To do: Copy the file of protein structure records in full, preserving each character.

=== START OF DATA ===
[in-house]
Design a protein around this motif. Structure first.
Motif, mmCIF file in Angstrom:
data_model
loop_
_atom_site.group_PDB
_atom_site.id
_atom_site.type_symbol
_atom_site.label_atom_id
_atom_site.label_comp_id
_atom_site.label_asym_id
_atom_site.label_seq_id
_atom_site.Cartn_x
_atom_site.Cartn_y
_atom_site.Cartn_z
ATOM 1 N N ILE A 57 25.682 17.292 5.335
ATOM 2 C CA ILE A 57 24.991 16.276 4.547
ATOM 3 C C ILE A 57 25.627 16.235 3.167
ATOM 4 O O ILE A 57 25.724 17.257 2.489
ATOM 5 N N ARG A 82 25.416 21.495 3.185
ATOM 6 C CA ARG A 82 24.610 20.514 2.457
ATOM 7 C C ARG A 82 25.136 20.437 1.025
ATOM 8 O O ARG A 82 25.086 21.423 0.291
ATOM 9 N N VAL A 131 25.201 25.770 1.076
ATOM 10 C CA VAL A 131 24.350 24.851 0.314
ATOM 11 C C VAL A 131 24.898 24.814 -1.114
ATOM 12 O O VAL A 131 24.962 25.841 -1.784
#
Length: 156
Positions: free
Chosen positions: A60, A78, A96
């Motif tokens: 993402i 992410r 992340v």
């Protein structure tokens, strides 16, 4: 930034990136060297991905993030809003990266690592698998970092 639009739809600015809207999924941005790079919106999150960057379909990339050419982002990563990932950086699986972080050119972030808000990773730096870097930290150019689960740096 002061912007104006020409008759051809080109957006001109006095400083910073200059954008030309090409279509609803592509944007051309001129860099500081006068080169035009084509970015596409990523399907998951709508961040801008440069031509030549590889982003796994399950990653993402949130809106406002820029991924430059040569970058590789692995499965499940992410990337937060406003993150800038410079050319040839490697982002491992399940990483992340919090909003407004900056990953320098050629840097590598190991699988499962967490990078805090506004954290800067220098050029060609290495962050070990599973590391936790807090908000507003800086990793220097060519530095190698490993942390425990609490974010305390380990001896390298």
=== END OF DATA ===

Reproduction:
[in-house]
Design a protein around this motif. Structure first.
Motif, mmCIF file in Angstrom:
data_model
loop_
_atom_site.group_PDB
_atom_site.id
_atom_site.type_symbol
_atom_site.label_atom_id
_atom_site.label_comp_id
_atom_site.label_asym_id
_atom_site.label_seq_id
_atom_site.Cartn_x
_atom_site.Cartn_y
_atom_site.Cartn_z
ATOM 1 N N ILE A 57 25.682 17.292 5.335
ATOM 2 C CA ILE A 57 24.991 16.276 4.547
ATOM 3 C C ILE A 57 25.627 16.235 3.167
ATOM 4 O O ILE A 57 25.724 17.257 2.489
ATOM 5 N N ARG A 82 25.416 21.495 3.185
ATOM 6 C CA ARG A 82 24.610 20.514 2.457
ATOM 7 C C ARG A 82 25.136 20.437 1.025
ATOM 8 O O ARG A 82 25.086 21.423 0.291
ATOM 9 N N VAL A 131 25.201 25.770 1.076
ATOM 10 C CA VAL A 131 24.350 24.851 0.314
ATOM 11 C C VAL A 131 24.898 24.814 -1.114
ATOM 12 O O VAL A 131 24.962 25.841 -1.784
#
Length: 156
Positions: free
Chosen positions: A60, A78, A96
């Motif tokens: 993402i 992410r 992340v």
């Protein structure tokens, strides 16, 4: 930034990136060297991905993030809003990266690592698998970092 639009739809600015809207999924941005790079919106999150960057379909990339050419982002990563990932950086699986972080050119972030808000990773730096870097930290150019689960740096 002061912007104006020409008759051809080109957006001109006095400083910073200059954008030309090409279509609803592509944007051309001129860099500081006068080169035009084509970015596409990523399907998951709508961040801008440069031509030549590889982003796994399950990653993402949130809106406002820029991924430059040569970058590789692995499965499940992410990337937060406003993150800038410079050319040839490697982002491992399940990483992340919090909003407004900056990953320098050629840097590598190991699988499962967490990078805090506004954290800067220098050029060609290495962050070990599973590391936790807090908000507003800086990793220097060519530095190698490993942390425990609490974010305390380990001896390298």